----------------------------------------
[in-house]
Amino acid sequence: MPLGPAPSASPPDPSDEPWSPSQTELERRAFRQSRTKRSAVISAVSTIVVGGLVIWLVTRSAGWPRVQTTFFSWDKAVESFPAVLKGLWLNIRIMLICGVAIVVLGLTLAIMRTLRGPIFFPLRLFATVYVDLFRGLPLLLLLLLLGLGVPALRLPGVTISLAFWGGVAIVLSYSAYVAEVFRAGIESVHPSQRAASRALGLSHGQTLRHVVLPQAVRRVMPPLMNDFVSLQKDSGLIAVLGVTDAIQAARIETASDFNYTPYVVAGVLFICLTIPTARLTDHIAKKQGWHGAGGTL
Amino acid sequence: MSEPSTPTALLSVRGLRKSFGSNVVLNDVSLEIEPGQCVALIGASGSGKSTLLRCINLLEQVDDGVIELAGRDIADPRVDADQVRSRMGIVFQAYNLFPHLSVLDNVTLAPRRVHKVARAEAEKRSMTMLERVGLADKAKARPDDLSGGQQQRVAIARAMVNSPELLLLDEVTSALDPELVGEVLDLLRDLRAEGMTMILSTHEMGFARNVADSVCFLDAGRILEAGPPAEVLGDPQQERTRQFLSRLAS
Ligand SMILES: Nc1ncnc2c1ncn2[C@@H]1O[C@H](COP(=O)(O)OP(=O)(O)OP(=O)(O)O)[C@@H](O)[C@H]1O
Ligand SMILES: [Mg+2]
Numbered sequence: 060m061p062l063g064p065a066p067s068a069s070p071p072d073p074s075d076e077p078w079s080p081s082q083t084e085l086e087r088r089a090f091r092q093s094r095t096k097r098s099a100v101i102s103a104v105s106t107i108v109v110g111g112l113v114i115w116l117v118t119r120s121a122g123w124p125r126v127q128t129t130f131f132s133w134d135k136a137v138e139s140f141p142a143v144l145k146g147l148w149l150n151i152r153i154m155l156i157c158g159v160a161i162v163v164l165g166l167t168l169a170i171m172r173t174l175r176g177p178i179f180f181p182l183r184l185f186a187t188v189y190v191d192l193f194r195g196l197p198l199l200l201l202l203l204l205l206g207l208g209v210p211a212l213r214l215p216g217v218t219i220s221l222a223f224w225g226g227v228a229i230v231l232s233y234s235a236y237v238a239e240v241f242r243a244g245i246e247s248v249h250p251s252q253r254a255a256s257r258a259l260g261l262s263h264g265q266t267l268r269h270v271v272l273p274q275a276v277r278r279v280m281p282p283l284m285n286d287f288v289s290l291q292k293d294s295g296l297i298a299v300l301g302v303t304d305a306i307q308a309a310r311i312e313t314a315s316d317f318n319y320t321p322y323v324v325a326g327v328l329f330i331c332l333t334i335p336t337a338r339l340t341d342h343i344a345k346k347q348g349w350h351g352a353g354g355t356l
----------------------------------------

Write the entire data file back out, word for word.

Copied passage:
[in-house]
Amino acid sequence: MPLGPAPSASPPDPSDEPWSPSQTELERRAFRQSRTKRSAVISAVSTIVVGGLVIWLVTRSAGWPRVQTTFFSWDKAVESFPAVLKGLWLNIRIMLICGVAIVVLGLTLAIMRTLRGPIFFPLRLFATVYVDLFRGLPLLLLLLLLGLGVPALRLPGVTISLAFWGGVAIVLSYSAYVAEVFRAGIESVHPSQRAASRALGLSHGQTLRHVVLPQAVRRVMPPLMNDFVSLQKDSGLIAVLGVTDAIQAARIETASDFNYTPYVVAGVLFICLTIPTARLTDHIAKKQGWHGAGGTL
Amino acid sequence: MSEPSTPTALLSVRGLRKSFGSNVVLNDVSLEIEPGQCVALIGASGSGKSTLLRCINLLEQVDDGVIELAGRDIADPRVDADQVRSRMGIVFQAYNLFPHLSVLDNVTLAPRRVHKVARAEAEKRSMTMLERVGLADKAKARPDDLSGGQQQRVAIARAMVNSPELLLLDEVTSALDPELVGEVLDLLRDLRAEGMTMILSTHEMGFARNVADSVCFLDAGRILEAGPPAEVLGDPQQERTRQFLSRLAS
Ligand SMILES: Nc1ncnc2c1ncn2[C@@H]1O[C@H](COP(=O)(O)OP(=O)(O)OP(=O)(O)O)[C@@H](O)[C@H]1O
Ligand SMILES: [Mg+2]
Numbered sequence: 060m061p062l063g064p065a066p067s068a069s070p071p072d073p074s075d076e077p078w079s080p081s082q083t084e085l086e087r088r089a090f091r092q093s094r095t096k097r098s099a100v101i102s103a104v105s106t107i108v109v110g111g112l113v114i115w116l117v118t119r120s121a122g123w124p125r126v127q128t129t130f131f132s133w134d135k136a137v138e139s140f141p142a143v144l145k146g147l148w149l150n151i152r153i154m155l156i157c158g159v160a161i162v163v164l165g166l167t168l169a170i171m172r173t174l175r176g177p178i179f180f181p182l183r184l185f186a187t188v189y190v191d192l193f194r195g196l197p198l199l200l201l202l203l204l205l206g207l208g209v210p211a212l213r214l215p216g217v218t219i220s221l222a223f224w225g226g227v228a229i230v231l232s233y234s235a236y237v238a239e240v241f242r243a244g245i246e247s248v249h250p251s252q253r254a255a256s257r258a259l260g261l262s263h264g265q266t267l268r269h270v271v272l273p274q275a276v277r278r279v280m281p282p283l284m285n286d287f288v289s290l291q292k293d294s295g296l297i298a299v300l301g302v303t304d305a306i307q308a309a310r311i312e313t314a315s316d317f318n319y320t321p322y323v324v325a326g327v328l329f330i331c332l333t334i335p336t337a338r339l340t341d342h343i344a345k346k347q348g349w350h351g352a353g354g355t356l